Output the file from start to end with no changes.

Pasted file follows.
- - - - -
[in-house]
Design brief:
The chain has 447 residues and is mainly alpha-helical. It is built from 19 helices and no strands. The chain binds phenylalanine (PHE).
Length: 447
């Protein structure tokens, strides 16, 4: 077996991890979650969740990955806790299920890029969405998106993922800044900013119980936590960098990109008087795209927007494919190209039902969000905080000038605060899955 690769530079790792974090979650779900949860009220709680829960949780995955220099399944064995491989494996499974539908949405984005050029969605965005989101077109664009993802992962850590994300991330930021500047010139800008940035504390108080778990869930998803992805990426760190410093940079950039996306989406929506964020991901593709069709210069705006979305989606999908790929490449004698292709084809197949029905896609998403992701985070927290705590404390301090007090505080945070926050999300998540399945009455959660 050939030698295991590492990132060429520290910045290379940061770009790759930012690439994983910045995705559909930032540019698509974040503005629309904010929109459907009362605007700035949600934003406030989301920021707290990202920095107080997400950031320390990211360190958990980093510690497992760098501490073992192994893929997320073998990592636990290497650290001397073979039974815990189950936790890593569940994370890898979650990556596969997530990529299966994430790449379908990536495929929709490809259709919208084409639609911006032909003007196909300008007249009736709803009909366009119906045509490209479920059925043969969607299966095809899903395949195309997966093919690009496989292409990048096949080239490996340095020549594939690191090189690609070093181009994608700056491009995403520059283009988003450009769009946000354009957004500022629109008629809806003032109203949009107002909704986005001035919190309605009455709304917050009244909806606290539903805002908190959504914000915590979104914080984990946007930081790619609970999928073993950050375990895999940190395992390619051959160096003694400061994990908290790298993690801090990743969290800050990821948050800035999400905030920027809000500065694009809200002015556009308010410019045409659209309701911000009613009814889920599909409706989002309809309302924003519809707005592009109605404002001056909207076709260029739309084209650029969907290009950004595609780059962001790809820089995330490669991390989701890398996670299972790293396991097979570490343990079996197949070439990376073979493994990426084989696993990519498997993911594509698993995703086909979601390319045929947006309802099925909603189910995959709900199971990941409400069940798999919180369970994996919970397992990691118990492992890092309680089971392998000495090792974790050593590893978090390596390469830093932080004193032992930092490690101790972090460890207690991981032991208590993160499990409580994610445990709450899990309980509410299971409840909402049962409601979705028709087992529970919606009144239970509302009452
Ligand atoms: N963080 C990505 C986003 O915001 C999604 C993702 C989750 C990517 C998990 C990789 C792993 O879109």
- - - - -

[in-house]
Design brief:
The chain has 447 residues and is mainly alpha-helical. It is built from 19 helices and no strands. The chain binds phenylalanine (PHE).
Length: 447
């Protein structure tokens, strides 16, 4: 077996991890979650969740990955806790299920890029969405998106993922800044900013119980936590960098990109008087795209927007494919190209039902969000905080000038605060899955 690769530079790792974090979650779900949860009220709680829960949780995955220099399944064995491989494996499974539908949405984005050029969605965005989101077109664009993802992962850590994300991330930021500047010139800008940035504390108080778990869930998803992805990426760190410093940079950039996306989406929506964020991901593709069709210069705006979305989606999908790929490449004698292709084809197949029905896609998403992701985070927290705590404390301090007090505080945070926050999300998540399945009455959660 050939030698295991590492990132060429520290910045290379940061770009790759930012690439994983910045995705559909930032540019698509974040503005629309904010929109459907009362605007700035949600934003406030989301920021707290990202920095107080997400950031320390990211360190958990980093510690497992760098501490073992192994893929997320073998990592636990290497650290001397073979039974815990189950936790890593569940994370890898979650990556596969997530990529299966994430790449379908990536495929929709490809259709919208084409639609911006032909003007196909300008007249009736709803009909366009119906045509490209479920059925043969969607299966095809899903395949195309997966093919690009496989292409990048096949080239490996340095020549594939690191090189690609070093181009994608700056491009995403520059283009988003450009769009946000354009957004500022629109008629809806003032109203949009107002909704986005001035919190309605009455709304917050009244909806606290539903805002908190959504914000915590979104914080984990946007930081790619609970999928073993950050375990895999940190395992390619051959160096003694400061994990908290790298993690801090990743969290800050990821948050800035999400905030920027809000500065694009809200002015556009308010410019045409659209309701911000009613009814889920599909409706989002309809309302924003519809707005592009109605404002001056909207076709260029739309084209650029969907290009950004595609780059962001790809820089995330490669991390989701890398996670299972790293396991097979570490343990079996197949070439990376073979493994990426084989696993990519498997993911594509698993995703086909979601390319045929947006309802099925909603189910995959709900199971990941409400069940798999919180369970994996919970397992990691118990492992890092309680089971392998000495090792974790050593590893978090390596390469830093932080004193032992930092490690101790972090460890207690991981032991208590993160499990409580994610445990709450899990309980509410299971409840909402049962409601979705028709087992529970919606009144239970509302009452
Ligand atoms: N963080 C990505 C986003 O915001 C999604 C993702 C989750 C990517 C998990 C990789 C792993 O879109």